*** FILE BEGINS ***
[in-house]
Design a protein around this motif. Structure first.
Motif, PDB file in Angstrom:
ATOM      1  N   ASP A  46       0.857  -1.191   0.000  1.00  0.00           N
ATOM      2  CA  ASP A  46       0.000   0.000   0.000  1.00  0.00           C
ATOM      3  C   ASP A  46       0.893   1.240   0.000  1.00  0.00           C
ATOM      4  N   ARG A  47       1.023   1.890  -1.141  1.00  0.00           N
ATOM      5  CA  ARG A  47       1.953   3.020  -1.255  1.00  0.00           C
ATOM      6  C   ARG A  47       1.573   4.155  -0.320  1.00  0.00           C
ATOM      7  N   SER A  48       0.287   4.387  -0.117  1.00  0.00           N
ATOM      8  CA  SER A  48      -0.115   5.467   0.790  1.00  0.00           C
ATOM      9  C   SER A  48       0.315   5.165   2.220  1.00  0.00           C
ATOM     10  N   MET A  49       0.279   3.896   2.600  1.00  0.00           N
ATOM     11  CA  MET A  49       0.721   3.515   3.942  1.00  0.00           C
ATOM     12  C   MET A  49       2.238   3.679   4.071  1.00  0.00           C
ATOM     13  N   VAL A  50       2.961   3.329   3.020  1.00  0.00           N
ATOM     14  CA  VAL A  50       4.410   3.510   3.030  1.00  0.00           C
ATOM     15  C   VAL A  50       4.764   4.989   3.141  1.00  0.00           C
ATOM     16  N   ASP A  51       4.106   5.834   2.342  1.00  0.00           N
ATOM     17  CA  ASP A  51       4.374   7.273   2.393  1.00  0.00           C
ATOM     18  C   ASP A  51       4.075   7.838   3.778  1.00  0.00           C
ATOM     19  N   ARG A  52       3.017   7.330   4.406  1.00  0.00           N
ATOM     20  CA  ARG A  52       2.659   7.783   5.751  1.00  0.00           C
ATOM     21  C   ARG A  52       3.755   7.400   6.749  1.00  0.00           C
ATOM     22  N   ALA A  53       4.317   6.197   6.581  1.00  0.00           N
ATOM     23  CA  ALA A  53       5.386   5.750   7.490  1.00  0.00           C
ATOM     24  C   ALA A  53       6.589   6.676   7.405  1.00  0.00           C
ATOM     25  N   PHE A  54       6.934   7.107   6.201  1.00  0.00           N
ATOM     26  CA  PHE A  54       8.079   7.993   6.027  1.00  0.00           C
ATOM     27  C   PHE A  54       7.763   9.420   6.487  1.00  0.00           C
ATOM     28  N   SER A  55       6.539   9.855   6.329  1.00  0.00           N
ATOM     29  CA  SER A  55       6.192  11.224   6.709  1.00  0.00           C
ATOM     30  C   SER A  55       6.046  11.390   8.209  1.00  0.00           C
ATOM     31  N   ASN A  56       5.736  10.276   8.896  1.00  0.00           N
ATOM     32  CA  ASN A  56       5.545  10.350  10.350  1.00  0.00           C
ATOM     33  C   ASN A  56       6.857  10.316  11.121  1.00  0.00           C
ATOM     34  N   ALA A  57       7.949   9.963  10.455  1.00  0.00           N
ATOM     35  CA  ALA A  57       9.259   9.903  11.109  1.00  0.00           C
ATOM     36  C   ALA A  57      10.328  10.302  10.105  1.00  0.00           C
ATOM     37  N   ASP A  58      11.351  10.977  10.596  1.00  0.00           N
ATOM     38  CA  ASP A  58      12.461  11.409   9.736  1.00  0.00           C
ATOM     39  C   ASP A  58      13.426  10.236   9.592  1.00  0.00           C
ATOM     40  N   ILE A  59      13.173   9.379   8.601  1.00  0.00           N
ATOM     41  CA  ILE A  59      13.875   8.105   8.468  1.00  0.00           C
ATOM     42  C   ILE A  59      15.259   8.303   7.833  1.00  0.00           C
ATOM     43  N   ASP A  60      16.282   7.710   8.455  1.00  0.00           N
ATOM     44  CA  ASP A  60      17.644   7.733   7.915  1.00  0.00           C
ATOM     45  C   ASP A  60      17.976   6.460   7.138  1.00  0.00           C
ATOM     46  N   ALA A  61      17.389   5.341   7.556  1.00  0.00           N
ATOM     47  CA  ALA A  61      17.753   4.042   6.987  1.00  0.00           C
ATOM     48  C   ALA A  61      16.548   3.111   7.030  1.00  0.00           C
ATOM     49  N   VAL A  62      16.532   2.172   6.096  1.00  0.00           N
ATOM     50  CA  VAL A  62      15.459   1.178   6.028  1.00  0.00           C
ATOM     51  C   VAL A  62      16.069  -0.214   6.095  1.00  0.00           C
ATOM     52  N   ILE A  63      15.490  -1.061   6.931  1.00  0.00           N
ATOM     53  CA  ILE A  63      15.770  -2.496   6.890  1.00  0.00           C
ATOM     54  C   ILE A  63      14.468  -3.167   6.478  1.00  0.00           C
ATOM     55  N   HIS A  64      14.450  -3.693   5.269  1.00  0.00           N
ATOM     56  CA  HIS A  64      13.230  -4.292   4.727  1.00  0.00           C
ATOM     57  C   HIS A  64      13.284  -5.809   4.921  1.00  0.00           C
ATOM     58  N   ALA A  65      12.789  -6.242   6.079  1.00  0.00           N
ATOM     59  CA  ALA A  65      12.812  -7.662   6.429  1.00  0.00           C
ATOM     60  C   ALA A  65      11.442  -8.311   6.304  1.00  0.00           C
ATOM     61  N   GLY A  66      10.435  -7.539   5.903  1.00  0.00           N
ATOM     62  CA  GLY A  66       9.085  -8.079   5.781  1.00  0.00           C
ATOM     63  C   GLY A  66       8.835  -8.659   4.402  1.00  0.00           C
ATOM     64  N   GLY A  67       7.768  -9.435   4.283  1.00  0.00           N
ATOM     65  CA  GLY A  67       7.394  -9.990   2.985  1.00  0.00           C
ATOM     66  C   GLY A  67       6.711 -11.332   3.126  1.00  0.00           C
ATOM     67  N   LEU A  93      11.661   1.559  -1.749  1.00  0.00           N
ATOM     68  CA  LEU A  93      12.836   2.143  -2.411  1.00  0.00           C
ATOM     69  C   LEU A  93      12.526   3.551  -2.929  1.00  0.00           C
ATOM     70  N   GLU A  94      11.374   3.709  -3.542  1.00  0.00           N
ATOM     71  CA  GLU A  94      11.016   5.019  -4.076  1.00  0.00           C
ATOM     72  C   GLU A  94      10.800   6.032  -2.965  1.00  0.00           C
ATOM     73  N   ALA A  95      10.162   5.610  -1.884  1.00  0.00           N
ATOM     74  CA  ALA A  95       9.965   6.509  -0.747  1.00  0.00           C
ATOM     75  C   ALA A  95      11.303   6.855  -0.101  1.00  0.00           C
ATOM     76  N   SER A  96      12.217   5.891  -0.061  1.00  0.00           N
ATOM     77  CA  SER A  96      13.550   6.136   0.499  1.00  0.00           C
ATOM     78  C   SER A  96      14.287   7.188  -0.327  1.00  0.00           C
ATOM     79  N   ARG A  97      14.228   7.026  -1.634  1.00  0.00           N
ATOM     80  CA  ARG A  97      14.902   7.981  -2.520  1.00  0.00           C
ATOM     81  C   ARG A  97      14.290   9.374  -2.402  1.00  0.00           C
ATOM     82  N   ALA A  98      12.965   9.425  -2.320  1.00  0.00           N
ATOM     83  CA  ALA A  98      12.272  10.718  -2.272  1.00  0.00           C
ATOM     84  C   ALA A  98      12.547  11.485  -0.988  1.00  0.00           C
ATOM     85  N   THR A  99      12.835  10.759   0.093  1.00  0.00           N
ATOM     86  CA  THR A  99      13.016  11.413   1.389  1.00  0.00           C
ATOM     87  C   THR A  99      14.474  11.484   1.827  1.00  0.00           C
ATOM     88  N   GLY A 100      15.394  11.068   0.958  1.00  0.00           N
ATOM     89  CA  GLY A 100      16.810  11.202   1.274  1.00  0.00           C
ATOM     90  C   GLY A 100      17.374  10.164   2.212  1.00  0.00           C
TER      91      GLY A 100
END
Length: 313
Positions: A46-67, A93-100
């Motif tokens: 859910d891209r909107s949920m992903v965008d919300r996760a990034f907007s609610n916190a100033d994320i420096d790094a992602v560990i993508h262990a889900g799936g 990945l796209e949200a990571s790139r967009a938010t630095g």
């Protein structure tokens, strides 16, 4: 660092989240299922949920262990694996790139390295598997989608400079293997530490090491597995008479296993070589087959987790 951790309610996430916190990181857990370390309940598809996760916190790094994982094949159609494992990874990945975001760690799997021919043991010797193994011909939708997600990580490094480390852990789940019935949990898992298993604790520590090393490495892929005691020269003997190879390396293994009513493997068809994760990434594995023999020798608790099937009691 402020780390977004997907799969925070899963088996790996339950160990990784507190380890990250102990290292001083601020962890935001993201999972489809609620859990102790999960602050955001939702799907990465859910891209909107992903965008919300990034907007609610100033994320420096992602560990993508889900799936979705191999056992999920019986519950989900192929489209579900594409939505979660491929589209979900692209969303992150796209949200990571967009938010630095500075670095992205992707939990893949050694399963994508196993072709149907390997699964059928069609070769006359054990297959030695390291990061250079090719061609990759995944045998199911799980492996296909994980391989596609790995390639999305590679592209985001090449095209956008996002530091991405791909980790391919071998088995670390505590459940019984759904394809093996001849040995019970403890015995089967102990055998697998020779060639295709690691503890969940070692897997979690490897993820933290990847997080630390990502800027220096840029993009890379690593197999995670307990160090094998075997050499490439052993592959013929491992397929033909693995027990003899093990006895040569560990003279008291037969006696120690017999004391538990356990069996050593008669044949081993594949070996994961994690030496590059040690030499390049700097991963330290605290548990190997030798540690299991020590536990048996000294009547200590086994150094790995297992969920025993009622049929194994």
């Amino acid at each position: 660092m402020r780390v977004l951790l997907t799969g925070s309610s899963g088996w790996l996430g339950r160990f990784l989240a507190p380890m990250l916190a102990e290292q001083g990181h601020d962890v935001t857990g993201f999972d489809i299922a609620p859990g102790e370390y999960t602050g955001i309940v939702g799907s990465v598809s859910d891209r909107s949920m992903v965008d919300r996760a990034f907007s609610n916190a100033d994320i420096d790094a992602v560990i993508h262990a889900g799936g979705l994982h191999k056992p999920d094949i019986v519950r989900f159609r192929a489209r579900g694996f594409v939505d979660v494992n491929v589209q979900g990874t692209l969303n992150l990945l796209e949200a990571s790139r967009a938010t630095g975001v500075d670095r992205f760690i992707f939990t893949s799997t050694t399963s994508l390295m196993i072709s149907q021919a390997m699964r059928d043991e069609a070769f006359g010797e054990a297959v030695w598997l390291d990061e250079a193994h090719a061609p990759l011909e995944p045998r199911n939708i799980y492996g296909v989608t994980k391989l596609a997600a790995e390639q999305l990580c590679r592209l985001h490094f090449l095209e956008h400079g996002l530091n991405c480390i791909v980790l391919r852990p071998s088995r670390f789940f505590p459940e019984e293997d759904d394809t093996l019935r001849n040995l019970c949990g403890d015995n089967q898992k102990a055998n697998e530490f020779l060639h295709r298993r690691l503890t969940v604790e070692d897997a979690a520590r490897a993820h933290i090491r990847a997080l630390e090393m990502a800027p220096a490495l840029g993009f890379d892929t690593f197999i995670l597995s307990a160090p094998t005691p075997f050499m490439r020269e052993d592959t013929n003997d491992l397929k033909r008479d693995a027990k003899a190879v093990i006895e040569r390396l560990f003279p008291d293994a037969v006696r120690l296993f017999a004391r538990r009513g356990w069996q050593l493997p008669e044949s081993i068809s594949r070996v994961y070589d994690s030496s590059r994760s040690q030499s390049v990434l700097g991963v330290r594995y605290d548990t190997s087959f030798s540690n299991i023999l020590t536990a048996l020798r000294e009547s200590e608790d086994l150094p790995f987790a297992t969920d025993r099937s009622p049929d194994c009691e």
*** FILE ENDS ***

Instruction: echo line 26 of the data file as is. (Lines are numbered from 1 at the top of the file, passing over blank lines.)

ATOM     23  CA  ALA A  53       5.386   5.750   7.490  1.00  0.00           C